* Trump signals no new military action against Iran
* EM stocks scale 19-month highs on demand for risky assets
* Chinese equities rise as data shows room for stimulus
* Turkish lira, Russian rouble firm to the dollar
* South Africa’s rand steady ahead of economic data
Jan 9 (Reuters) - Emerging market stocks rose to near 19-month highs on Thursday as Washington and Tehran defused a crisis after Iran’s attack on Iraqi bases housing U.S. soldiers caused no casualties, easing fears of a wider war in the Middle East.
MSCI’s basket of emerging market stocks jumped 1.4% and was on course for its best day in nearly a month, also boosted by a confirmation from Beijing that Vice Premier Liu He would sign a Phase 1 trade deal in Washington next week.
Chinese stocks ended the day about 1% higher, as data showed factory-gate prices fell at a slower pace in December, giving Beijing room for further monetary stimulus.
The MSCI stock index had hit a two-and-a-half week low on Wednesday, when investors fled riskier assets for the safety of gold after Iran retaliated for the killing of commander Qassem Soleimani in a U.S. drone attack last week.
But U.S. President Donald Trump on Wednesday responded with new economic sanctions rather than further military action, while Iranian officials said the missile attack concluded their response to the killing.
“The nightmare scenario of a full-blown war looks to be over and investors can finally breathe a sigh of relief,” said Lukman Otunuga, senior research analyst at FXTM.
“Yet even if a conflict has been averted, the road ahead remains bumpy and investors should remain on standby for further possible retaliatory measures.”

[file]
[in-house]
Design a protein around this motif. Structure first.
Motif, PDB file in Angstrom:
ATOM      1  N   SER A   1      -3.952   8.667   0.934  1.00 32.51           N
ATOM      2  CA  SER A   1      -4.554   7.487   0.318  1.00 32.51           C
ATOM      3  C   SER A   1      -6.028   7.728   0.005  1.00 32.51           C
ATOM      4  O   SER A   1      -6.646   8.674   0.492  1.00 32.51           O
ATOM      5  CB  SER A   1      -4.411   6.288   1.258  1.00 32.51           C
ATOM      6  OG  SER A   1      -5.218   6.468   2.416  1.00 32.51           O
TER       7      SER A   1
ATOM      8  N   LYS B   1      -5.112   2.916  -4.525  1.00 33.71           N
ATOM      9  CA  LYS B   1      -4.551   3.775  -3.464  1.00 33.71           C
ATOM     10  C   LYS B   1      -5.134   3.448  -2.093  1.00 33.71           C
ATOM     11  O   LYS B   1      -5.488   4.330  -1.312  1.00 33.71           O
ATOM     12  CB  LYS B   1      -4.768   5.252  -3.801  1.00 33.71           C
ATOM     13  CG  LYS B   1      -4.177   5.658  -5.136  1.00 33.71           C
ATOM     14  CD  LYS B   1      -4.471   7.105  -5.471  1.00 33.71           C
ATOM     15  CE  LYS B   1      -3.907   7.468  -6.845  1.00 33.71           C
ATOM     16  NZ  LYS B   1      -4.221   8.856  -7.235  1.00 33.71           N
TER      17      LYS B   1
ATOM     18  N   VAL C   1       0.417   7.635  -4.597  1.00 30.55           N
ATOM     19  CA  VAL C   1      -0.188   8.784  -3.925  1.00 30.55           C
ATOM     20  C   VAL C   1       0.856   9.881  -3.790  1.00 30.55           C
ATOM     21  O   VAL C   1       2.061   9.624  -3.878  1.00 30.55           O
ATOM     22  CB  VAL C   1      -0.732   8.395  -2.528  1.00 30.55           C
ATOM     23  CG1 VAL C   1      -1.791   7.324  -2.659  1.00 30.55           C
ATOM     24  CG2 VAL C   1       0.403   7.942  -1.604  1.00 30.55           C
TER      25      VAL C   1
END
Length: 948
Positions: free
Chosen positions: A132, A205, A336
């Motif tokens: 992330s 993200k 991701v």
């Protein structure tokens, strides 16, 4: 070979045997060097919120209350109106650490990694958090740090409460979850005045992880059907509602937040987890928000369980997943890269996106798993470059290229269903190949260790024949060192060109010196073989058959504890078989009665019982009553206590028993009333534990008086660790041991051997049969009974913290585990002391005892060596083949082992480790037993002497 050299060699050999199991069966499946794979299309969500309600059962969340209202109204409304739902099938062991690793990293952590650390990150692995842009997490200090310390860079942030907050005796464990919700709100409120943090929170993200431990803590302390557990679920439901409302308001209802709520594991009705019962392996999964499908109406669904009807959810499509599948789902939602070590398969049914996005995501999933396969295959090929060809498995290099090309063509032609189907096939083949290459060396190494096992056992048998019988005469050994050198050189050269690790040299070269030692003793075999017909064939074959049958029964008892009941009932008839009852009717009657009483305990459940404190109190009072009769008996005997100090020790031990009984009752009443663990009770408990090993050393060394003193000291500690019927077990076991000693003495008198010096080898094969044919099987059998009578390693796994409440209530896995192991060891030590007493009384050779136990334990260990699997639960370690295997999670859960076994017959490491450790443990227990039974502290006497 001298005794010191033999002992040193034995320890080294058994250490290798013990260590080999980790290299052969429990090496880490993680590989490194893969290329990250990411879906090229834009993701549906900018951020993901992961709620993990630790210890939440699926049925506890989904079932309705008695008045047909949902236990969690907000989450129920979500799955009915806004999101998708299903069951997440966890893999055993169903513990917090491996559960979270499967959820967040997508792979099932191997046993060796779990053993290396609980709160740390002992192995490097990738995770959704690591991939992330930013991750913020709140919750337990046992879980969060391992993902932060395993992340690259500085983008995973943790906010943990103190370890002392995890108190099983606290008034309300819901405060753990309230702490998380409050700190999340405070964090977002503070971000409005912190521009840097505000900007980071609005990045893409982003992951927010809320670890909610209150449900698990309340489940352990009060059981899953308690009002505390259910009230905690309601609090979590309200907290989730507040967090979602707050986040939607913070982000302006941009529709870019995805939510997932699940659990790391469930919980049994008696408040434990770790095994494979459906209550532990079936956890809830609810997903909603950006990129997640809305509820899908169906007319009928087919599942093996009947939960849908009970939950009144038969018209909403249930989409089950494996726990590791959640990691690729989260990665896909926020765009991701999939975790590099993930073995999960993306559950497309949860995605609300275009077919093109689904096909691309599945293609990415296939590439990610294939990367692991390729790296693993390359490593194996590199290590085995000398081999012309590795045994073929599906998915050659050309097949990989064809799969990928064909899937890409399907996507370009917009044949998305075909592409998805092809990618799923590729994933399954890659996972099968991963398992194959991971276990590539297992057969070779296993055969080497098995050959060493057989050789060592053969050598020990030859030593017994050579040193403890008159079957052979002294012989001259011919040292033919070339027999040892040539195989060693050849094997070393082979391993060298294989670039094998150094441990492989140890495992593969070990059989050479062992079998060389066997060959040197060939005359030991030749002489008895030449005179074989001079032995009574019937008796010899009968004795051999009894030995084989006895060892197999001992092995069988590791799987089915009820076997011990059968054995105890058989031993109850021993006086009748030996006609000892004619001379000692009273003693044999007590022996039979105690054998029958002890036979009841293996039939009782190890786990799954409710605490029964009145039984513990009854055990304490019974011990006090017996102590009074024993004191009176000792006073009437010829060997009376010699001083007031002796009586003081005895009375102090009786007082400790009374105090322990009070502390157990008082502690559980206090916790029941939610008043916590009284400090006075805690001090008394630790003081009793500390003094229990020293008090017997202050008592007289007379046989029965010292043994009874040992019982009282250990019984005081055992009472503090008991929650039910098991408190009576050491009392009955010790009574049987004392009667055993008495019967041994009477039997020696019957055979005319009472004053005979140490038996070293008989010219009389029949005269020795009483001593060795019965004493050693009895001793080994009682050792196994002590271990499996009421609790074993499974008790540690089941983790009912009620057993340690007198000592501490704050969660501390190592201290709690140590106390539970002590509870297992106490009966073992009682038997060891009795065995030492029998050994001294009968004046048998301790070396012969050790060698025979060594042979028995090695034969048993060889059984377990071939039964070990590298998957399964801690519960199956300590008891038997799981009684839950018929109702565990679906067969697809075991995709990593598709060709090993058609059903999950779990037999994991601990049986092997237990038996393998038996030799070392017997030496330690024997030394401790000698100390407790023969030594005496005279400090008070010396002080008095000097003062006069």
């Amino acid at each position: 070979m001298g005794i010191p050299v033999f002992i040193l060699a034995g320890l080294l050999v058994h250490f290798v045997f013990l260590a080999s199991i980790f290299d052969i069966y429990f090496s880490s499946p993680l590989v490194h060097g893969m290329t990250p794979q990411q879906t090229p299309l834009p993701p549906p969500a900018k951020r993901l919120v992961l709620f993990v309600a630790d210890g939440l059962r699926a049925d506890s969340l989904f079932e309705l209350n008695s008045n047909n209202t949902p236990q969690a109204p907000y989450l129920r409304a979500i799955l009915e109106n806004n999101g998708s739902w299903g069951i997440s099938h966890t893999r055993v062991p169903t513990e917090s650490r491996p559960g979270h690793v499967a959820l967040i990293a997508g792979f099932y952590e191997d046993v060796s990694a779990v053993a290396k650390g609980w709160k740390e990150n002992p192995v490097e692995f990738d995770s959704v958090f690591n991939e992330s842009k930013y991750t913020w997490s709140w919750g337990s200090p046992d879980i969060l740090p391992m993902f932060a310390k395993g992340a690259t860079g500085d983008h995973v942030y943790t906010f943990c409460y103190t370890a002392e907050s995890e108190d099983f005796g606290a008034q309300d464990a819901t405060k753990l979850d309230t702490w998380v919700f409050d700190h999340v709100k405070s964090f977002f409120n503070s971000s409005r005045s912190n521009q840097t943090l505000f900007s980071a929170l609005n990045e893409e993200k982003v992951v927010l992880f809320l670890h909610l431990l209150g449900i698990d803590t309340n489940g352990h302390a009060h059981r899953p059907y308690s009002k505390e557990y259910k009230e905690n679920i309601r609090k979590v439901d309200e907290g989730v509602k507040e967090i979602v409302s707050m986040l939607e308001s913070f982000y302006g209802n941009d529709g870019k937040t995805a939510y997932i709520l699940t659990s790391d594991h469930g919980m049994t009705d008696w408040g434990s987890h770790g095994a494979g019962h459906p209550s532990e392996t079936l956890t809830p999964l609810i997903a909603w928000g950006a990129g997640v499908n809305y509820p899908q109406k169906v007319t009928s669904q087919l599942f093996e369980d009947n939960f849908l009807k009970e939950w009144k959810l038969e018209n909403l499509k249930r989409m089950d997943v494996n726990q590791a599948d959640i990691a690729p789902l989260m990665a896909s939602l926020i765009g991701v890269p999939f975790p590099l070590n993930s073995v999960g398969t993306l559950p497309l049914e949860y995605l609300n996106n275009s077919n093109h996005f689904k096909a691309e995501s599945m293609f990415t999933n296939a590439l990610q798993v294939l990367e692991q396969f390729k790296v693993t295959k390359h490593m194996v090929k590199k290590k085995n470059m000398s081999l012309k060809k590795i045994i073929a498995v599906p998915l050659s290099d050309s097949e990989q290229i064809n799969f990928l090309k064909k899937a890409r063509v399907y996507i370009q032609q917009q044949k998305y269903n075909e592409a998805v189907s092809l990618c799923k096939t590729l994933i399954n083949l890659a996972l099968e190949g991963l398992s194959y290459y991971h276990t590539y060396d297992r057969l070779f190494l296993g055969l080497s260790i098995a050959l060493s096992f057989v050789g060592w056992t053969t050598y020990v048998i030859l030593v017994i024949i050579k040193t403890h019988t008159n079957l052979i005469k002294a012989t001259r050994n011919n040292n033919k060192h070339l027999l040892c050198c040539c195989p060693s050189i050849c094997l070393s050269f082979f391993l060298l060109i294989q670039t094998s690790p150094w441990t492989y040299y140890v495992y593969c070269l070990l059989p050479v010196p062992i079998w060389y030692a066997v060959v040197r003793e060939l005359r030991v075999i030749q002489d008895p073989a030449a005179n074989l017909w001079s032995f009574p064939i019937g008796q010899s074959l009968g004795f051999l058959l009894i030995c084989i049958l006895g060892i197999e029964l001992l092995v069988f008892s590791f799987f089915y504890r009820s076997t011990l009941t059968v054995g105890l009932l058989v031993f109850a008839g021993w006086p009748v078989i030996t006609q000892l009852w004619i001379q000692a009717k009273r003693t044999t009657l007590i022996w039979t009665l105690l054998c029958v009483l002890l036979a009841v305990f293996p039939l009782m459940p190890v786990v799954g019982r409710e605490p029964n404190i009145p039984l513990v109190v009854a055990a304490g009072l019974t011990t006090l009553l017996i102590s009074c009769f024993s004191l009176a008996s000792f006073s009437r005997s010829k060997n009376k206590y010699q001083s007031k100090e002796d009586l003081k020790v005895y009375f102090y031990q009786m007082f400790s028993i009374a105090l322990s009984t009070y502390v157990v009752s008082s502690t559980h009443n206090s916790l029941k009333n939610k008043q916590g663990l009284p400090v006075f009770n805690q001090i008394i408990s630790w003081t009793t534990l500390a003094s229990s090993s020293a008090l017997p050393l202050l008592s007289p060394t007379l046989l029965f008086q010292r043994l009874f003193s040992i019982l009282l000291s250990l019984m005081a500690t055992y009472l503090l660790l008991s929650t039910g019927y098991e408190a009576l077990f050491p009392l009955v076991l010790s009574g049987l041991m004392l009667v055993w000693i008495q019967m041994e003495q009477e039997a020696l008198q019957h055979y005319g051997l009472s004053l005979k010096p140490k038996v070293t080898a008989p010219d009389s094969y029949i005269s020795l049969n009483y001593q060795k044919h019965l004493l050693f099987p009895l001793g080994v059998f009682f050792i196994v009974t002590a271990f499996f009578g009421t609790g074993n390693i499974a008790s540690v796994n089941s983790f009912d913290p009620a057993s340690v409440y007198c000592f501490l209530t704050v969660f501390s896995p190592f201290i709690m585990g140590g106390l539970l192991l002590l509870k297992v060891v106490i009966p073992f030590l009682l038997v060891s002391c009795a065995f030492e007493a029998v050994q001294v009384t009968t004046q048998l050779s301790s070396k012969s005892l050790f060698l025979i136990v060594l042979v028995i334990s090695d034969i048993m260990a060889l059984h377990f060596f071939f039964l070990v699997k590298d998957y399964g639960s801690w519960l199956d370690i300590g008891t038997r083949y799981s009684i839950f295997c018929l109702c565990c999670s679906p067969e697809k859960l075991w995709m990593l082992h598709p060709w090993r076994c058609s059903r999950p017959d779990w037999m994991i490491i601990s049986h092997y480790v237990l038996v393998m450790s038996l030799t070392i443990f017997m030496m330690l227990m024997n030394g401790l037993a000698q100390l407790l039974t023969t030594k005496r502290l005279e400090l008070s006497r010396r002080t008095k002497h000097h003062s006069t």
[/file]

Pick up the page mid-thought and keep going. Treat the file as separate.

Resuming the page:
Sending mild jitters through financial markets earlier in the session, two rockets fell on Baghdad’s Green Zone, which houses foreign missions and government buildings. There were no casualties, and no immediate claim of responsibility.
The broad-based optimism also powered a basket of developing world currencies to its highest level since June 2018.
Turkey’s lira firmed nearly half a percent to the dollar, while the Russian rouble rose for the second straight day, hovering near two-year highs.
Market activity in Russia was expected to increase after the long New Year and Orthodox Christmas holidays from Jan. 1-8.
In South Africa, the rand gained ahead of December business confidence data and November manufacturing figures due later in the day.
The country has been grappling with prolonged power cuts that have dimmed growth outlook after pushing Africa’s most industrialised economy to a technical recession in the first half of last year.
Elsewhere in emerging European economies, the Hungarian forint, the Polish zloty and the Czech crown eased slightly to a firmer euro.
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For RUSSIAN market report, see (Reporting by Sagarika Jaisinghani in Bengaluru; Editing by Shailesh Kuber)
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